Wednesday, August 8, 2007

Cyclothems: Layers Of Rock Record Past Climate Change

In discussing the effects of variations in solar energy received by the Earth, and its role in global warming, or climate change, I recalled the geologic term "cyclothem", or repeated layers of different sedimentary rock types. The MSNBC discussion board where this is appearing is here: (you will recognize me as GeoPete, or geopeter

A quick google search of cyclothems turned up the following interesting information. As I have said before, these alternating layers of rock represent cyclical climate change. The only thing affecting the Earth's climate that is cyclical is the changes in amount of solar energy received. Carbon dioxide is not causing these climate changes. Carbon dioxide doesn't cause climate change, it responds to it. It is just along for the ride on Earth, along with everything else.

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In geology, cyclothems are alternating stratigraphic sequences of marine and non-marine sediments, interbedded with coal seams. Unique to the Carboniferous period, they apparently formed as a result of marine transgressions and regressions related to decay and growth of ice sheets, respectively, as the Carboniferous was a time of widespread glaciation. Cyclothems were possible because of the extremely low topography of the interior lowlands the seas covered and uncovered, which is why they have been absent in the current ice age.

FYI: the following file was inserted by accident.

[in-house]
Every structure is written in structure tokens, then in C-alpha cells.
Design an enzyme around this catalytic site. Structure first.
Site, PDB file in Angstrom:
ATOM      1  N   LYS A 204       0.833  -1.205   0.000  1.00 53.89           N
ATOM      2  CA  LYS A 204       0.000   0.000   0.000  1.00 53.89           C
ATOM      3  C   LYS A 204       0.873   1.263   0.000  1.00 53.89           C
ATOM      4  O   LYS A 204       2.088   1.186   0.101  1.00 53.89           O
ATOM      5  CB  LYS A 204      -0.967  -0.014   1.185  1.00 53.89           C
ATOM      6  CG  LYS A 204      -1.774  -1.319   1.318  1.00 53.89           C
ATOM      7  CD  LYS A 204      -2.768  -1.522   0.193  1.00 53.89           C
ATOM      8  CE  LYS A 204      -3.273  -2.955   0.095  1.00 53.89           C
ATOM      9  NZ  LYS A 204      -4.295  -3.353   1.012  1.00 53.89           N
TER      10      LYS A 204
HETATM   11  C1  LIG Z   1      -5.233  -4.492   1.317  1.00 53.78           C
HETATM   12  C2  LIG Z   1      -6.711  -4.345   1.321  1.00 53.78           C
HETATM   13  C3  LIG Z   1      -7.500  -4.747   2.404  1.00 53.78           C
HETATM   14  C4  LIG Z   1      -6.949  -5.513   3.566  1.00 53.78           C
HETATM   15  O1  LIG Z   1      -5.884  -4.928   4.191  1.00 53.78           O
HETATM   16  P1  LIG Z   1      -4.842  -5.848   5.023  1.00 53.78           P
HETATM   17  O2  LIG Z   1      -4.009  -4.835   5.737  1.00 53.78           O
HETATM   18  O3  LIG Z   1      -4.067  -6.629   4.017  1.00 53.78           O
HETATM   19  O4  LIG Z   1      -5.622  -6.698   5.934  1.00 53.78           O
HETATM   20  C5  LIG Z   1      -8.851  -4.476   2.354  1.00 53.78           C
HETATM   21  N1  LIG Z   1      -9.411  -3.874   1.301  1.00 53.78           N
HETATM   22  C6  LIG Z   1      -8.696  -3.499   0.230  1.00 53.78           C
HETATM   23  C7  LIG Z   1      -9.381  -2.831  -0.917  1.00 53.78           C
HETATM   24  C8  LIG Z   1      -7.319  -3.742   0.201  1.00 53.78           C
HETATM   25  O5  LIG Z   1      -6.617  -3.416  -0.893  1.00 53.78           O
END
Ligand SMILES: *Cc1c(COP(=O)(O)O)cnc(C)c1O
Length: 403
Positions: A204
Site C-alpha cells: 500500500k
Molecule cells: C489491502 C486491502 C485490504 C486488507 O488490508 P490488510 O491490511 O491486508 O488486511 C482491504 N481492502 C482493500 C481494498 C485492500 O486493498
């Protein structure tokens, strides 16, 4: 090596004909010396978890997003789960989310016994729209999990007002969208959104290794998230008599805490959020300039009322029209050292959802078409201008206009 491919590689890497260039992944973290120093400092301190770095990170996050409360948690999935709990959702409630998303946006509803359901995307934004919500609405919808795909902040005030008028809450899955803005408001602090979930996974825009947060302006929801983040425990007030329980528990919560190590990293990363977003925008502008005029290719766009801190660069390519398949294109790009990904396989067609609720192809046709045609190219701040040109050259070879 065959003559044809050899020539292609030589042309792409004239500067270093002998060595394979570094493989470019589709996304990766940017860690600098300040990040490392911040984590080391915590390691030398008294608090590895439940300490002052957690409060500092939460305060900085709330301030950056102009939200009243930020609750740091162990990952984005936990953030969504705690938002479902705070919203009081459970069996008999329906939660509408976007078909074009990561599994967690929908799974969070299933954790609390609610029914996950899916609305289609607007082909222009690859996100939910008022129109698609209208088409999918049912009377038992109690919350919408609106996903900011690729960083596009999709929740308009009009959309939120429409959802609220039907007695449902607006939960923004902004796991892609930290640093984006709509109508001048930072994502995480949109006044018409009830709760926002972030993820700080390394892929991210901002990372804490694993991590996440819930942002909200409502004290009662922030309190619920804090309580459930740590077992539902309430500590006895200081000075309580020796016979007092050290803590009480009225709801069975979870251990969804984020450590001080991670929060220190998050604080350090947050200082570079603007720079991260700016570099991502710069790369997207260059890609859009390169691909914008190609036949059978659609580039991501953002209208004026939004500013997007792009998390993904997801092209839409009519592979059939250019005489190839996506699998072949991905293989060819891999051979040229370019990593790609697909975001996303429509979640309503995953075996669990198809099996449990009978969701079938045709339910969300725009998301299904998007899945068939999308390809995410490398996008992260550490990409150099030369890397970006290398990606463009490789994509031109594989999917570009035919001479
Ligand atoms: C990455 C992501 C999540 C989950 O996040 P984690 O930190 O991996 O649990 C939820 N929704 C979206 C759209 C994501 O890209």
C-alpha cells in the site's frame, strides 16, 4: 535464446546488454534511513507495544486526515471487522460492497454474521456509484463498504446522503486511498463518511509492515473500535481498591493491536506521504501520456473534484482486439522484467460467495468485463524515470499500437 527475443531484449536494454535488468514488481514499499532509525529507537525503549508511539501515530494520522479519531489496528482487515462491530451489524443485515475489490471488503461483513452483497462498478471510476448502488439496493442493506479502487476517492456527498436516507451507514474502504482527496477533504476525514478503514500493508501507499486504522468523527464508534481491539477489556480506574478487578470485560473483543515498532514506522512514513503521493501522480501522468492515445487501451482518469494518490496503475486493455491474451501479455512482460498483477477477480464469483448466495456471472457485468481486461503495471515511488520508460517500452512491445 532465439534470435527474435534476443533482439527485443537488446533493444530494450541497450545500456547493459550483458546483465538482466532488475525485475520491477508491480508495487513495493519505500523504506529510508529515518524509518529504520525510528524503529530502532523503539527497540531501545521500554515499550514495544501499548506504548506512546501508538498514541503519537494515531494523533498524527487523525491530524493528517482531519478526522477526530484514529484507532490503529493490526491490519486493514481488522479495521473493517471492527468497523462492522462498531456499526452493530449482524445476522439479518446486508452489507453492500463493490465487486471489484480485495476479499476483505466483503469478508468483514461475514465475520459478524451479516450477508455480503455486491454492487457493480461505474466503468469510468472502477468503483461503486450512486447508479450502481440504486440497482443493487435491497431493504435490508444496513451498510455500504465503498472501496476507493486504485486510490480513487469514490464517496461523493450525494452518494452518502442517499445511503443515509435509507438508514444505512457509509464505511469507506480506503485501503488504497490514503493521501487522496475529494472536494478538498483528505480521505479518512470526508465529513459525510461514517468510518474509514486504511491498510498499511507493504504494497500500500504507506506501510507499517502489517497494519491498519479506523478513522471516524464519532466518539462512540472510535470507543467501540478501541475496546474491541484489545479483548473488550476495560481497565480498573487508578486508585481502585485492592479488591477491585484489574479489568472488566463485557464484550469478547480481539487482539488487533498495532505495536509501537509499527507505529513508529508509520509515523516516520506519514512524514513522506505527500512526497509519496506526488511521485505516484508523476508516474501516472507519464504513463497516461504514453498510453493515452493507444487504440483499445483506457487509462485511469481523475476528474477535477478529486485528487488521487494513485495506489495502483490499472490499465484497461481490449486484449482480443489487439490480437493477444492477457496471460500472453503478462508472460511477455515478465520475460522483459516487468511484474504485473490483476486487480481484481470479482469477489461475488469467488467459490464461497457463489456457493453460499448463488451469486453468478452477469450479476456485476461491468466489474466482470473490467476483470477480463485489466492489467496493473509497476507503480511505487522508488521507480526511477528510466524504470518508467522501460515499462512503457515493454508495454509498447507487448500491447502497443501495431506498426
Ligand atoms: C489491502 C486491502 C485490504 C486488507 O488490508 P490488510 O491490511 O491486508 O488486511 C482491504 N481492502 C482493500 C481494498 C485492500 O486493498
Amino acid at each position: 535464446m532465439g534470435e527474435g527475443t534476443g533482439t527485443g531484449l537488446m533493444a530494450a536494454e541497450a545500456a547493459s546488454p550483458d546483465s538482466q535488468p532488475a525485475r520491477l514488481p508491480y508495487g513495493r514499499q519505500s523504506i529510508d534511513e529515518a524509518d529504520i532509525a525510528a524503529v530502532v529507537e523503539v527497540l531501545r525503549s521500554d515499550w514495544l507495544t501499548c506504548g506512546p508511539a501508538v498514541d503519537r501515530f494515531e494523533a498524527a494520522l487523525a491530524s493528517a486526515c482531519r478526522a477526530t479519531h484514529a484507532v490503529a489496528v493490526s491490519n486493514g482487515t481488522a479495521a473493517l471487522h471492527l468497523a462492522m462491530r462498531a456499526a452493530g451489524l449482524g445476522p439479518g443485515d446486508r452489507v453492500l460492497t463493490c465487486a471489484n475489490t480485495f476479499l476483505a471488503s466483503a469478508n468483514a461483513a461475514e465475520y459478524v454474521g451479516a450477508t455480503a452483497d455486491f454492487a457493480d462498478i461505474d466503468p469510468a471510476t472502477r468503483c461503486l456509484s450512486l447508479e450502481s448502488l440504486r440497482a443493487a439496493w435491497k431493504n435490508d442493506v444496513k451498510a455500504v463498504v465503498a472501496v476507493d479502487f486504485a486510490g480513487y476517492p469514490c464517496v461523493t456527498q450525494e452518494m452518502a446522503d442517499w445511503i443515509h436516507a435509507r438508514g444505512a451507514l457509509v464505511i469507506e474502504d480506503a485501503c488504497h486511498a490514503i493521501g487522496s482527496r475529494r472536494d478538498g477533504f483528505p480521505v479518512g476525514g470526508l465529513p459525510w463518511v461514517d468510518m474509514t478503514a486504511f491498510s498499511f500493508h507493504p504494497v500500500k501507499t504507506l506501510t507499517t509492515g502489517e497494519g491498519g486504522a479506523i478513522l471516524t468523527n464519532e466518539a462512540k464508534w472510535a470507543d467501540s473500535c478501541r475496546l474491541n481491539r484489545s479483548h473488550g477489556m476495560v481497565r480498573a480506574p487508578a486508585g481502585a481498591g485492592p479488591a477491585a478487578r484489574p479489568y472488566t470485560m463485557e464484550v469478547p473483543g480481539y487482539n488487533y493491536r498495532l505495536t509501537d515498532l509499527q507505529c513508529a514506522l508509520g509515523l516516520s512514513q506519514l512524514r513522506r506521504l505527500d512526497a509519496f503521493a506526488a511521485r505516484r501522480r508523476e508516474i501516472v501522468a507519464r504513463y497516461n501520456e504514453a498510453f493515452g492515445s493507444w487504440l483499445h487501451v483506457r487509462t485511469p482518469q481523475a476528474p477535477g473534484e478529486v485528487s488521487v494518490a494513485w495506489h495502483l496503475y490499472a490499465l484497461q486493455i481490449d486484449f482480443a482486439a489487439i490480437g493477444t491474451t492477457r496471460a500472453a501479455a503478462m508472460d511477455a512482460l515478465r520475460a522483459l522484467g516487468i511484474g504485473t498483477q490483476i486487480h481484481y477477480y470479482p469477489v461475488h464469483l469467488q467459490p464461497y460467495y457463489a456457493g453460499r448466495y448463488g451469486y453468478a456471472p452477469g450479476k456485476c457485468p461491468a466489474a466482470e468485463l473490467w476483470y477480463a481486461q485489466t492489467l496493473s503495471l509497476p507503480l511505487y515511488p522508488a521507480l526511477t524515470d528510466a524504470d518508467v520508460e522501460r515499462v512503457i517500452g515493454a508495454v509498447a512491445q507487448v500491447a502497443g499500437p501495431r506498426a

and this:

Cyclothems as solar-system pulse recorders
Geologists can help astronomers look back in time. The sunspot cycle can be seen in variations of varves; i.e., annual layers of sediment; and the growth rings of shells have been used to estimate the number of days in the lunar month when the solar system was younger. Cyclothems may also be useful. Cyclothems are groups or bundles of strata that repeat themselves in stratigraphic columns. A generalized cyclothem from Illinois is shown in the illustration.

In the U.S. western interior, rhythmic sedimentation appears in the Fort Hays Limestone Member of the Niobrara Formation. These cyclothems can be correlated over distances exceeding 800 kilometers and are believed to be the consequence of climatic changes associated with the earth's precession and orbital eccentriciy. These rhythms have been captured in bundles of shale-limestone couplets. A bundle of five coup lets, for example, is thought to express 21,000- and 100,000-year Milankovitchtype climatic cycles, as impressed by variations in the earth's orbital precession and eccentricity.

Analysis of the Fort Hays Limestone Member, however, reveals that while bundles of five couplets do occur, the number may vary from 1 to 12. Clearly, things are not clear-cut.
(Laferriere, Alan P., et al; "Effects of Climate, Tectonics, and Sea-Level Changes on Rhythmic Bedding Patterns in the Niobrara Formation (Upper Cretaceous), U.S. Western Interior," Geology, 15:233, 1987.)


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